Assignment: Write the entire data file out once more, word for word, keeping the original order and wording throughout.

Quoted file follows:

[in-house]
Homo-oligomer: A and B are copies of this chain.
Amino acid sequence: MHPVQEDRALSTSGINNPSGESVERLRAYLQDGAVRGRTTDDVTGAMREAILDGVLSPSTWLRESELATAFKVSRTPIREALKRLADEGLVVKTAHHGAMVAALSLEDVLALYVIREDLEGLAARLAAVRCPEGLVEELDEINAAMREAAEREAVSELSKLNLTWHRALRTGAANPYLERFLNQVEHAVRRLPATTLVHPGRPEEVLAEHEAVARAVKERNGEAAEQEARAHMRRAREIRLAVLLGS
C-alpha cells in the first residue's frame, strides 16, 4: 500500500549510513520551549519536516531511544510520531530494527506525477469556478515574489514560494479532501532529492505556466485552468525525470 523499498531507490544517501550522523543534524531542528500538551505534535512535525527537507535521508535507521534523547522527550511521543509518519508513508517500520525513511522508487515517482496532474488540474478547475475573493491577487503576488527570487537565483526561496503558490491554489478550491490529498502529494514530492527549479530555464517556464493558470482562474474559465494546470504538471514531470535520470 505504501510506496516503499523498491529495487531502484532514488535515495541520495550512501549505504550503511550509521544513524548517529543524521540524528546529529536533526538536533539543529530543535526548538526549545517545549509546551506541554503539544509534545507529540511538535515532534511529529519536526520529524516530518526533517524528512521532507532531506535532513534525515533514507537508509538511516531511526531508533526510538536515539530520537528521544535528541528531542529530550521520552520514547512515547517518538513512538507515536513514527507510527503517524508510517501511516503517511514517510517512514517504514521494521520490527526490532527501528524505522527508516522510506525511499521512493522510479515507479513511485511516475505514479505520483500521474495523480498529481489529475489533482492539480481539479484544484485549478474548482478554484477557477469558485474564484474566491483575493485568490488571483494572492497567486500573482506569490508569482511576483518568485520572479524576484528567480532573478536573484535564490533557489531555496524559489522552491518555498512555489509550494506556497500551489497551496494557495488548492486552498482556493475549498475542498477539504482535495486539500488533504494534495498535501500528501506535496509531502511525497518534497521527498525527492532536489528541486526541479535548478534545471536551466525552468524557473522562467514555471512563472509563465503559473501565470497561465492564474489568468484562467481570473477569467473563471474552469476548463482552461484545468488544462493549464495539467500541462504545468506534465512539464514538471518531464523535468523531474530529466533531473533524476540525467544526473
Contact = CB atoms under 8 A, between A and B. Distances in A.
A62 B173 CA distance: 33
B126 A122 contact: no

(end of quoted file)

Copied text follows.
[in-house]
Homo-oligomer: A and B are copies of this chain.
Amino acid sequence: MHPVQEDRALSTSGINNPSGESVERLRAYLQDGAVRGRTTDDVTGAMREAILDGVLSPSTWLRESELATAFKVSRTPIREALKRLADEGLVVKTAHHGAMVAALSLEDVLALYVIREDLEGLAARLAAVRCPEGLVEELDEINAAMREAAEREAVSELSKLNLTWHRALRTGAANPYLERFLNQVEHAVRRLPATTLVHPGRPEEVLAEHEAVARAVKERNGEAAEQEARAHMRRAREIRLAVLLGS
C-alpha cells in the first residue's frame, strides 16, 4: 500500500549510513520551549519536516531511544510520531530494527506525477469556478515574489514560494479532501532529492505556466485552468525525470 523499498531507490544517501550522523543534524531542528500538551505534535512535525527537507535521508535507521534523547522527550511521543509518519508513508517500520525513511522508487515517482496532474488540474478547475475573493491577487503576488527570487537565483526561496503558490491554489478550491490529498502529494514530492527549479530555464517556464493558470482562474474559465494546470504538471514531470535520470 505504501510506496516503499523498491529495487531502484532514488535515495541520495550512501549505504550503511550509521544513524548517529543524521540524528546529529536533526538536533539543529530543535526548538526549545517545549509546551506541554503539544509534545507529540511538535515532534511529529519536526520529524516530518526533517524528512521532507532531506535532513534525515533514507537508509538511516531511526531508533526510538536515539530520537528521544535528541528531542529530550521520552520514547512515547517518538513512538507515536513514527507510527503517524508510517501511516503517511514517510517512514517504514521494521520490527526490532527501528524505522527508516522510506525511499521512493522510479515507479513511485511516475505514479505520483500521474495523480498529481489529475489533482492539480481539479484544484485549478474548482478554484477557477469558485474564484474566491483575493485568490488571483494572492497567486500573482506569490508569482511576483518568485520572479524576484528567480532573478536573484535564490533557489531555496524559489522552491518555498512555489509550494506556497500551489497551496494557495488548492486552498482556493475549498475542498477539504482535495486539500488533504494534495498535501500528501506535496509531502511525497518534497521527498525527492532536489528541486526541479535548478534545471536551466525552468524557473522562467514555471512563472509563465503559473501565470497561465492564474489568468484562467481570473477569467473563471474552469476548463482552461484545468488544462493549464495539467500541462504545468506534465512539464514538471518531464523535468523531474530529466533531473533524476540525467544526473
Contact = CB atoms under 8 A, between A and B. Distances in A.
A62 B173 CA distance: 33
B126 A122 contact: no